Improve Finances with a Lower Credit Score

Physician's Money DigestDecember 2006
Volume 13
Issue 12

Knowledge is power, and two new online simulatorsare providing consumers with the knowledgeand the power to take better control oftheir finances. In the past, credit scores—those all-importantnumbers that indicate a person's creditworthiness—were kept secret from consumers. But withonline simulators created by organizations such as FairIsaac Corporation (FICO) and CreditXpert, consumersare now armed with the tools to help them make better,more informed decisions by knowing their score.

New York Times

According to a report, the onlinesimulators enable consumers to hypothetically adjusttheir credit scores. In other words, what would happenif an individual paid off all of their credit card balanceseach month, or applied for an auto loan? For individualsseeking to purchase a home, knowing how toimprove their credit score before applying for a loan isvaluable information—credit scores can directly affectinterest rates on loans.

Credit scores range from a low of 300 to a high of850, and the higher the number the better. Accordingto the article, an individual's credit score is based onthat person's payment record, how much money theyowe, how long the person has used credit, the characteristicsof the newest credit (eg, credit limit), and thetypes of credit being used. Owning too many creditcards, for example, can lower an individual's score, butso can owning too few.

Explore Online Simulators

FICO offers the myFICO Score Simulator ( The site offers consumers the opportunityto explore hypothetical situations, such as transferringcredit card balances, increasing credit card spendinglimits, or missing a few payments.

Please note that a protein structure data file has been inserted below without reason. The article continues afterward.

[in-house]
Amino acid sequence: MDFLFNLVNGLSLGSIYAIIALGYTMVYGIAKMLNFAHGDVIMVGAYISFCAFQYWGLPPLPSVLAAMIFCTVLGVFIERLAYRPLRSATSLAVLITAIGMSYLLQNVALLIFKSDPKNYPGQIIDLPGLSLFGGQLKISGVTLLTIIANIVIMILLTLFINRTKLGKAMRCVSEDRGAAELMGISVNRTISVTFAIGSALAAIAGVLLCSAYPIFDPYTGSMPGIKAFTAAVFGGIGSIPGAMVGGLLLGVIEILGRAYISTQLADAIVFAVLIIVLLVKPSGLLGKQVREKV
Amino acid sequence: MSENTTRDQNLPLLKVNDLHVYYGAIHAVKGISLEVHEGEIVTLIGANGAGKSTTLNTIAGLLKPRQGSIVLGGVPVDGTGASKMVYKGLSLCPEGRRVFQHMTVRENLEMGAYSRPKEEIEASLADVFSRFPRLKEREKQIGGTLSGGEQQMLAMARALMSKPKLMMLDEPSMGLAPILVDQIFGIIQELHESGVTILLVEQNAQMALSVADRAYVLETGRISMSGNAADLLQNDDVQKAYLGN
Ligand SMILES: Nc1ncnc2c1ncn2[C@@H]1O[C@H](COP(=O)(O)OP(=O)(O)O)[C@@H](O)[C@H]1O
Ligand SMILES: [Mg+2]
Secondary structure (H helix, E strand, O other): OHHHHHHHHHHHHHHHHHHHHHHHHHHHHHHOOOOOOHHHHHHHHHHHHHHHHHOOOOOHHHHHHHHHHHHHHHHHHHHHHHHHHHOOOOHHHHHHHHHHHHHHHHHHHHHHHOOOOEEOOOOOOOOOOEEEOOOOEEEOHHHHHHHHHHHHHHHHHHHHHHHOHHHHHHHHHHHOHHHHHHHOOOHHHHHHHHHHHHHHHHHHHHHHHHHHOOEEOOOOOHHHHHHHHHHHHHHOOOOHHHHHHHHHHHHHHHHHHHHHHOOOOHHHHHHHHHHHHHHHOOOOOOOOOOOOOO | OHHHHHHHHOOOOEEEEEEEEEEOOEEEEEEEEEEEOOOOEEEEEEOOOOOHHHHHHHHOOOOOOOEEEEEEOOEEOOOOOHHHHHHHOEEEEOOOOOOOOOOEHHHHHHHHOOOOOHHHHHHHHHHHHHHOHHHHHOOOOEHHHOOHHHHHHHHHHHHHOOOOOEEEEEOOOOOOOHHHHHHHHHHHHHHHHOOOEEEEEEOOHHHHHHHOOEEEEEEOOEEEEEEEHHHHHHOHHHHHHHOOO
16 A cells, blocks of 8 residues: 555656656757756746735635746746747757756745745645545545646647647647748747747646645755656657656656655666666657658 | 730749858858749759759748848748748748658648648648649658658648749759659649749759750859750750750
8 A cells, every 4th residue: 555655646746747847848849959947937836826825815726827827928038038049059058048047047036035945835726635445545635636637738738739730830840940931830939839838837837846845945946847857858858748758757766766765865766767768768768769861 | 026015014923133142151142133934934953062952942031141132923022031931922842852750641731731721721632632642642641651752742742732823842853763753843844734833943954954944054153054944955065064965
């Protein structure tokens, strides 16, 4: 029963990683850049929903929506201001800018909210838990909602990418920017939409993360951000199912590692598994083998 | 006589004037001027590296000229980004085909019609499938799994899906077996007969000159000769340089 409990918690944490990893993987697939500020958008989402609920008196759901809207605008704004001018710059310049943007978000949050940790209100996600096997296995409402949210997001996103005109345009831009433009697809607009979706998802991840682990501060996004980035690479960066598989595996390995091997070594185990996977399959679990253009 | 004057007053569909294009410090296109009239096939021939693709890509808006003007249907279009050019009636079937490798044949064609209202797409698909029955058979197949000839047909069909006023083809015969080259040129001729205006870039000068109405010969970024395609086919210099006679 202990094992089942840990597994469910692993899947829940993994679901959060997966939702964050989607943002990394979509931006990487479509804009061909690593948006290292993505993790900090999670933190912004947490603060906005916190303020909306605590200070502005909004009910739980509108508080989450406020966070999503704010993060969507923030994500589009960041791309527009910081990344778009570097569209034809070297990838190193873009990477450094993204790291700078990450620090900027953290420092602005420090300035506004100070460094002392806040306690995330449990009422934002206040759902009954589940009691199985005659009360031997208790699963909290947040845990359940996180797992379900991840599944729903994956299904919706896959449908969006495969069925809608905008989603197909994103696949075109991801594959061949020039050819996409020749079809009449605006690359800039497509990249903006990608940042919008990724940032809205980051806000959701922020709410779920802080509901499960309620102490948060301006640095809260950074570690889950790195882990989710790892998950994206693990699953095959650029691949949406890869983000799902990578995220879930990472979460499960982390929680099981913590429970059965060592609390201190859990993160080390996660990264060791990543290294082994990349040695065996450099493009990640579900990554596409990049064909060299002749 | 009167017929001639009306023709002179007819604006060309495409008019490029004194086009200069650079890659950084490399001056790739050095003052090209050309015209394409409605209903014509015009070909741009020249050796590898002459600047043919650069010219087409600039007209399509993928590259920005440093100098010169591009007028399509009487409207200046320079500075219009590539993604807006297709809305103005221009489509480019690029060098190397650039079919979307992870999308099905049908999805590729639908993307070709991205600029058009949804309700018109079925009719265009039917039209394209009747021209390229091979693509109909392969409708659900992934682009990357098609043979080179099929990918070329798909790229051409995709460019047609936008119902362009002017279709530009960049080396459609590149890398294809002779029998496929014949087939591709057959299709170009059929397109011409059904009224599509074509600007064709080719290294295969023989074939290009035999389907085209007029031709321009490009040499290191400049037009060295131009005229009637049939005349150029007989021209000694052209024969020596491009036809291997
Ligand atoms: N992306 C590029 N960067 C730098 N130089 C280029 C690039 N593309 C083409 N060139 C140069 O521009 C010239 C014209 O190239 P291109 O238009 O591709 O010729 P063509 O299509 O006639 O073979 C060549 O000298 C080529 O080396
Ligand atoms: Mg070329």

Why is it important to know the results of yourfinancial actions? In an example in the article, achiropractor in Virginia learned that his credit scorewould double if he made a sizable payment on one particularcredit card vs another. He also found out thattaking a loan to remodel his kitchen had little effect onhis credit score. This particular example illustrates thatfinding out this projected information can providepeace of mind when shopping for a loan or looking torefinance an existing home mortgage.


What can make a credit score rise or fall? Assume anindividual has a solid credit score of 707 and threecredit cards. According to the article, which usedthe myFICO simulator, if they paid off a third of thebalance on each of their three cards, they could add asmany as 20 points to their score. Failing to make thecurrent month's payments could cause their score todrop between 75 and 125 points. In addition, using allof the credit available on the three cards could droptheir score by another 20 to 70 points.

Improve Your Credit


The article also examines various scenariosusing the What-If Simulator offered by CreditXpert fora consumer with a credit score of 727 points. Forexample, every time they applied for a loan—whetherit was for a home mortgage, auto, or even a new creditcard—their credit score would drop five points.

That's because lenders believe that taking on new loansmay make borrowers less likely to repay current debts.Experts suggest using the same method collegestudents practice in order to raise their College Boardtest scores—use simulators to analyze the steps theyneed to take in order to raise their credit scores. Inessence, the lower your credit score, the lower theinterest rate you might qualify for when taking out ahome mortgage.

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